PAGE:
How To Prepare For Economic Uncertainty


Video length: 00:40:11

TRANSCRIPT

Maurice Jackson: Today we will cover equity markets in a clever, simple way to hedge your portfolio. Joining us for conversation is Chris Marcus, of Arcadia Economics.

Who is Arcadia Economics, and what is your underlying thesis?

Chris Marcus: Arcadia Economics is what I started after leaving Wall Street back in 2012 where I was sitting on the New York Stock Exchange when everything was imploding in 2008 and 2009. Eventually I started reading Austrian economics, realizing that things actually work quite a bit differently than we were told. I really left to share what I saw, which on one hand, I think is incredible, because if you’re giving the real version of how interest rates affect the markets and all these things are interconnected, it sometimes may be of a longer perspective. But it reminds me of Grays Sports Almanac in “Back to the Future,” where if you can understand that if the banks do this with the money supply, then you can get what’s going to happen.

Obviously, a lot of tricky things are going on now with so much manipulation in the market, but that’s what I write about on Arcadia Economics and for Miles Franklin, with my main thesis being that I think we’re very close to seeing the historic stock bond and real estate bubbles that have been inflated with the historic past decade of Fed monetary policy. It sure seems like we’re coming close to the end of those, which fortunately, I don’t think has to be this scary apocalyptic Armageddon that it’s often phrased. Instead, if you do understand what’s happening, you can put things in place and be prepared for that. And certainly, we can talk more about that today.

Maurice Jackson: I certainly appreciate that there’s a certain amount of responsibility that we have in the media to make sure that we don’t use scare tactics. We’re not financial advisors or financial planners, but we’re here to do our very best to make people aware of situations that are occurring that may not be in the mainstream media, and how they can protect themselves in a wise and prudent way. We brought you on the show today to discuss some developments that you see occurring in the equity markets that have your attention at the moment. But before you begin, is your narrative important for only U.S. investors?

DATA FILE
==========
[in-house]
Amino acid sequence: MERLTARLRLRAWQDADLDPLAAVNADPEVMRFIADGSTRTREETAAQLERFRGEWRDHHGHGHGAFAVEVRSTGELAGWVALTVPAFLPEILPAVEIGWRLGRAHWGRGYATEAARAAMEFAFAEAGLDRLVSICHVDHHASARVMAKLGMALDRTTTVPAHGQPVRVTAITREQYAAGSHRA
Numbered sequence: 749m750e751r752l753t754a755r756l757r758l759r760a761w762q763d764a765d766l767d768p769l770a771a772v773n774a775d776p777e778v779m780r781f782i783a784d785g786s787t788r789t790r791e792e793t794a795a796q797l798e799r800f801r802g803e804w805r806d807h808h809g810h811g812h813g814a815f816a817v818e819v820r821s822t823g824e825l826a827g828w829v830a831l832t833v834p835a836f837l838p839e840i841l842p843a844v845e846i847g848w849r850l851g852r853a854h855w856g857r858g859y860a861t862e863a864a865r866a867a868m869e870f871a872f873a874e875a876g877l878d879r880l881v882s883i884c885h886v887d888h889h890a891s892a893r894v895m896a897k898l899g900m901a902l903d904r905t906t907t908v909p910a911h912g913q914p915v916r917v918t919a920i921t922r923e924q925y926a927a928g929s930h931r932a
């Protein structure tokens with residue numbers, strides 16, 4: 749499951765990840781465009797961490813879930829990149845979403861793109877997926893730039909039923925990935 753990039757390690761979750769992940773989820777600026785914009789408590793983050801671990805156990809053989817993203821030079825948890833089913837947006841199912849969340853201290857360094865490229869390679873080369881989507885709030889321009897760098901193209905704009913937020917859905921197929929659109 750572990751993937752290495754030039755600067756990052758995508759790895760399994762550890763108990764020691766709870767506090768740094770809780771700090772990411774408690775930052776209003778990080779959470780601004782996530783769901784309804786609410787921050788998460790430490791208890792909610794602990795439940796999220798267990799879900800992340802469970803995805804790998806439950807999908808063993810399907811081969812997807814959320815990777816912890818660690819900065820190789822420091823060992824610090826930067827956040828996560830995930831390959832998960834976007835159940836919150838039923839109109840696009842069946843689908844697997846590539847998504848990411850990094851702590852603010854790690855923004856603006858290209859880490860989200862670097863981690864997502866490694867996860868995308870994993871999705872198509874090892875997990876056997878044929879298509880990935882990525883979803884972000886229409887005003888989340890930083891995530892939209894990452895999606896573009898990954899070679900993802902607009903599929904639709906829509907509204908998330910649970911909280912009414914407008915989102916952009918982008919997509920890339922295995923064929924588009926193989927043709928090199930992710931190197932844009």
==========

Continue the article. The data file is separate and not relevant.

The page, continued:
Chris Marcus: No, I think it’s relevant for people across the globe to the degree that whatever country you’re in, if you want to trade in U.S. markets, I think that’s something that’s great about the world today. That we have the internet and we have all these different financial products so that people can go out and express what they’re seeing and what they want to trade. So, to the degree that people in foreign nations want to trade the U.S., that’s relevant. Yet, of course, to the degree that the dollar is the world’s reserve currency. All of these banks are interconnected.

We saw last week with Italian bonds going bad, then we’re realizing a lot of the European banks are on the bonds and Deutsche Bank’s getting downgraded. So, it’s not just the U.S. alone. In fact, it’s fascinating thinking about how of all these different pieces are interconnected. I know there’s this tendency to call the U.S. the prettiest pig on the block. And people are saying, “Well, you can’t take money out of the U.S. because all the other sovereigns are in worse shape.” Which it’s actually interesting to think about. Because if you add in the unfunded liabilities, the debt to GDP here are dwarfs what the Argentina has, who’s currently undergoing their own currency crisis right now.

It’s fascinating. There’s so much bias and momentum that we’ve all been programmed with. The dollar being the reserve currency, yet we passed $20 trillion in debt. The projections now just talk about $30 trillion as if that’s already decided; there’s no plan for cuts. I believe there was a Wall Street Journal alert today saying that Social Security finally dipped into a deficit, add in that we have a missing $21 trillion from the government with a money supply that’s supposed to be around $4 trillion. So, if someone wants to make the argument that Europe collapses first, or Japan runs into trouble first or even China, where as much as it is producing goods, which is certainly a good thing, and it is lending a lot of money to the U.S.